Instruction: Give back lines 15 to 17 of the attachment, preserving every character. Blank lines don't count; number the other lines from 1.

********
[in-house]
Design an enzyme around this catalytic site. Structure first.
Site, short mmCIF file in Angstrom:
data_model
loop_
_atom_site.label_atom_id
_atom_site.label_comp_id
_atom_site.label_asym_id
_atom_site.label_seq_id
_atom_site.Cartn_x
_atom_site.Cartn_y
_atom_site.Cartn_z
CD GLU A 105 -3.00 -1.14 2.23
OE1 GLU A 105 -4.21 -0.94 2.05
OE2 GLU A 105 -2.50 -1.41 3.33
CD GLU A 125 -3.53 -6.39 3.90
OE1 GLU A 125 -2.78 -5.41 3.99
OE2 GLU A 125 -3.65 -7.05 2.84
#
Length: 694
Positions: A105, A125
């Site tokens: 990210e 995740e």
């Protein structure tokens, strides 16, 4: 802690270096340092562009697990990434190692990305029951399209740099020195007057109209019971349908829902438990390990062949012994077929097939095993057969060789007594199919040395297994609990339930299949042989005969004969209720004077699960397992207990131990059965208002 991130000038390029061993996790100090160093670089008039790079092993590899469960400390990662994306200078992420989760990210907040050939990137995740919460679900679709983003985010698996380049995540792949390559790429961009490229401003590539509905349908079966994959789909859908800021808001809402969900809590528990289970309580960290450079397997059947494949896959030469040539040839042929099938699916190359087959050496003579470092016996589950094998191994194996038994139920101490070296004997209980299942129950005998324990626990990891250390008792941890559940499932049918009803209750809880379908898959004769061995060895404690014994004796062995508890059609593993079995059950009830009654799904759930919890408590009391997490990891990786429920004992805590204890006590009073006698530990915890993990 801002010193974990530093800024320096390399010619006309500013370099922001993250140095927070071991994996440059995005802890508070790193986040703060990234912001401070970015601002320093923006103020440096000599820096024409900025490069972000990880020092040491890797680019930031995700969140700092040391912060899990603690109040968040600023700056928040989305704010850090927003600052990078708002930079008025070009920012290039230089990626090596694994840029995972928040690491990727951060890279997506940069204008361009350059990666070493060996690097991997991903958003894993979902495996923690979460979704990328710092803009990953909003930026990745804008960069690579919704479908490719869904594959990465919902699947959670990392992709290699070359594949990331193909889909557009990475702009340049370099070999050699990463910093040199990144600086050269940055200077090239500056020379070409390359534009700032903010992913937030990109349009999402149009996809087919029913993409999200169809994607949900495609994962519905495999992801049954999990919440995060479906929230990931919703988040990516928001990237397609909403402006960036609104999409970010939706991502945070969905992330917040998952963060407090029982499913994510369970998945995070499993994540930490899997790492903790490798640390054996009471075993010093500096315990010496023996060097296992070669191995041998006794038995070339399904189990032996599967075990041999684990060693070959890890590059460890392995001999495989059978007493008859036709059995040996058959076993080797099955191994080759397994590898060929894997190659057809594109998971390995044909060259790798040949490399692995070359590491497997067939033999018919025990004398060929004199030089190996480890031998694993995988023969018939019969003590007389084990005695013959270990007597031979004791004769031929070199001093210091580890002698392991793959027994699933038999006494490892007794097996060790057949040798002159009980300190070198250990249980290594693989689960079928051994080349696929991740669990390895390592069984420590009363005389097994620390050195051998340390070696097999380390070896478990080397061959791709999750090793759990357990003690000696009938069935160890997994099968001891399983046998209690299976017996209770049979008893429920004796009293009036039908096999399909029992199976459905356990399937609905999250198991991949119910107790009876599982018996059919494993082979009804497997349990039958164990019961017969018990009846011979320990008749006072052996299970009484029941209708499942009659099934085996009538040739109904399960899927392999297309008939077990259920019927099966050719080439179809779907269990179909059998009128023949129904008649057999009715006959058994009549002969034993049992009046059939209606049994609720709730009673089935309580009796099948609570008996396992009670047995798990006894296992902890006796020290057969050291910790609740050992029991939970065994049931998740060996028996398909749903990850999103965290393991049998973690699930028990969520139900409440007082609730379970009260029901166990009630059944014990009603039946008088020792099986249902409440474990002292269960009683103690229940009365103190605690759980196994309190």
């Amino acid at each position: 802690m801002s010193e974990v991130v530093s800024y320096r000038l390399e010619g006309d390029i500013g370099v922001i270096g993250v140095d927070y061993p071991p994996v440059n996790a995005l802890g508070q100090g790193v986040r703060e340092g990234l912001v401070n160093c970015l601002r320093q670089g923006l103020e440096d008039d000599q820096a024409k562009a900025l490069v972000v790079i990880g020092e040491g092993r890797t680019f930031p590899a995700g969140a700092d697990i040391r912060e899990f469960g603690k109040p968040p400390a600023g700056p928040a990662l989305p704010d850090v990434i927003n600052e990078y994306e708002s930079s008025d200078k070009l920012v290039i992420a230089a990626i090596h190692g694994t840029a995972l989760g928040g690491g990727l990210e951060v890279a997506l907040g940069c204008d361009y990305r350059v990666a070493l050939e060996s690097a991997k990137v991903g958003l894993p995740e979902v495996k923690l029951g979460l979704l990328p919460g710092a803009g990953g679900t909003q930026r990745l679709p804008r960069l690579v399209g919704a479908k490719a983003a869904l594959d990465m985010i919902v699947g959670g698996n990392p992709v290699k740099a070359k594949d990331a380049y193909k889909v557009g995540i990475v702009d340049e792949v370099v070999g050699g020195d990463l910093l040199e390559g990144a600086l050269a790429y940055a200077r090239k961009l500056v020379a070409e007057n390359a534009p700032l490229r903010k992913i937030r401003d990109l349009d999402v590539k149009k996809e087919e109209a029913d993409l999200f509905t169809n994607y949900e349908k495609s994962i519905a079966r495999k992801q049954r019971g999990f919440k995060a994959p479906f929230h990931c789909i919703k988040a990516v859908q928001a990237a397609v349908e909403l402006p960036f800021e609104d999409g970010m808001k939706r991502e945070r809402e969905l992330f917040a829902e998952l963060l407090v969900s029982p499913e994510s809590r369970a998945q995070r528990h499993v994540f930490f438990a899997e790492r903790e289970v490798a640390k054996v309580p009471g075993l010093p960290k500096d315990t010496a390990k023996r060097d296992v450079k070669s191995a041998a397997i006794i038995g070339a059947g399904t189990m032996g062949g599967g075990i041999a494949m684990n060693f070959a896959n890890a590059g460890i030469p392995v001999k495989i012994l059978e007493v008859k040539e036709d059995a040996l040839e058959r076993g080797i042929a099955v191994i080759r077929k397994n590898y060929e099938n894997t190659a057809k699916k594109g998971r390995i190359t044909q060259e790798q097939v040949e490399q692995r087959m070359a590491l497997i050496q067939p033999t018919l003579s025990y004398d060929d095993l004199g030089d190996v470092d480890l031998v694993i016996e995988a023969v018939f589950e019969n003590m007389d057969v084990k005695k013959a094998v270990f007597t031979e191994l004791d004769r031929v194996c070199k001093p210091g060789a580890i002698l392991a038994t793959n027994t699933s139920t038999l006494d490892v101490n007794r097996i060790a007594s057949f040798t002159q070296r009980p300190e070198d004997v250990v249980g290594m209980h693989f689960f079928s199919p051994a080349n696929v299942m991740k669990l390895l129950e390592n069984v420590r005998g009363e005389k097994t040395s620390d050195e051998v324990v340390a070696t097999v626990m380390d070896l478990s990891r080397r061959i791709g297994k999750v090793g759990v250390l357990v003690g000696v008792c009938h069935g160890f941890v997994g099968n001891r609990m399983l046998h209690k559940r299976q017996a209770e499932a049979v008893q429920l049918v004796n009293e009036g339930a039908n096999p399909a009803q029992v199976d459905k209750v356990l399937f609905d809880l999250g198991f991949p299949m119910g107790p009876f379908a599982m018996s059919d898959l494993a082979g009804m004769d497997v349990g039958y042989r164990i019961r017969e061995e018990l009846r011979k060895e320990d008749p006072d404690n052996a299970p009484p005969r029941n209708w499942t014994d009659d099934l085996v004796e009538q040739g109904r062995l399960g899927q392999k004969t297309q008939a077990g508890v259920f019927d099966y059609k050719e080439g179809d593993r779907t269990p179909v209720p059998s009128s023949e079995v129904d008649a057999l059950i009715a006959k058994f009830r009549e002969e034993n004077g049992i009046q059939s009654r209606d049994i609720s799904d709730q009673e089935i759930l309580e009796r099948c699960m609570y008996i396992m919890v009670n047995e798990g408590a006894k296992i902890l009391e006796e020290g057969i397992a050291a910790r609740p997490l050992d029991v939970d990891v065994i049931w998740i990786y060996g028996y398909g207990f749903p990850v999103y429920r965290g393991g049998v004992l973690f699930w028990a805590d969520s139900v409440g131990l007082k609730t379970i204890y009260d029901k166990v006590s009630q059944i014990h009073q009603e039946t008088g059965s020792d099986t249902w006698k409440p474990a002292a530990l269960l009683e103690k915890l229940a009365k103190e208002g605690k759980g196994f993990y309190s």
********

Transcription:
OE2 GLU A 105 -2.50 -1.41 3.33
CD GLU A 125 -3.53 -6.39 3.90
OE1 GLU A 125 -2.78 -5.41 3.99